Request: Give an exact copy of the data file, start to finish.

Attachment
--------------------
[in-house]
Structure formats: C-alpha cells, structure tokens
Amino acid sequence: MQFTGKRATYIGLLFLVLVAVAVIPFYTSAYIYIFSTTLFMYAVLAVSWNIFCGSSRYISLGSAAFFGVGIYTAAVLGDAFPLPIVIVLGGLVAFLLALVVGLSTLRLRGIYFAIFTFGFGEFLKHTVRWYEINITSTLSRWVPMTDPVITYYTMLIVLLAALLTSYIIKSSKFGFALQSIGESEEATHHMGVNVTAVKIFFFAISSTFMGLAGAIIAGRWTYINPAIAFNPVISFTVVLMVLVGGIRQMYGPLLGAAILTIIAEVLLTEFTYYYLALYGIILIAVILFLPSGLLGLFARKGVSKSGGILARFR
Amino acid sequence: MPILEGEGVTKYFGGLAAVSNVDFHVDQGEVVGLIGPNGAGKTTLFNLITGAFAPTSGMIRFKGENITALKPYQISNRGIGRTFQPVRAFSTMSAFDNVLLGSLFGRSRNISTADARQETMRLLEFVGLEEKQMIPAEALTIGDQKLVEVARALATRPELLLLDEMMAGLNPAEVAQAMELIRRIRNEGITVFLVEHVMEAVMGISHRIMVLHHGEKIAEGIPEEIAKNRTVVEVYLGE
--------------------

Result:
[in-house]
Structure formats: C-alpha cells, structure tokens
Amino acid sequence: MQFTGKRATYIGLLFLVLVAVAVIPFYTSAYIYIFSTTLFMYAVLAVSWNIFCGSSRYISLGSAAFFGVGIYTAAVLGDAFPLPIVIVLGGLVAFLLALVVGLSTLRLRGIYFAIFTFGFGEFLKHTVRWYEINITSTLSRWVPMTDPVITYYTMLIVLLAALLTSYIIKSSKFGFALQSIGESEEATHHMGVNVTAVKIFFFAISSTFMGLAGAIIAGRWTYINPAIAFNPVISFTVVLMVLVGGIRQMYGPLLGAAILTIIAEVLLTEFTYYYLALYGIILIAVILFLPSGLLGLFARKGVSKSGGILARFR
Amino acid sequence: MPILEGEGVTKYFGGLAAVSNVDFHVDQGEVVGLIGPNGAGKTTLFNLITGAFAPTSGMIRFKGENITALKPYQISNRGIGRTFQPVRAFSTMSAFDNVLLGSLFGRSRNISTADARQETMRLLEFVGLEEKQMIPAEALTIGDQKLVEVARALATRPELLLLDEMMAGLNPAEVAQAMELIRRIRNEGITVFLVEHVMEAVMGISHRIMVLHHGEKIAEGIPEEIAKNRTVVEVYLGE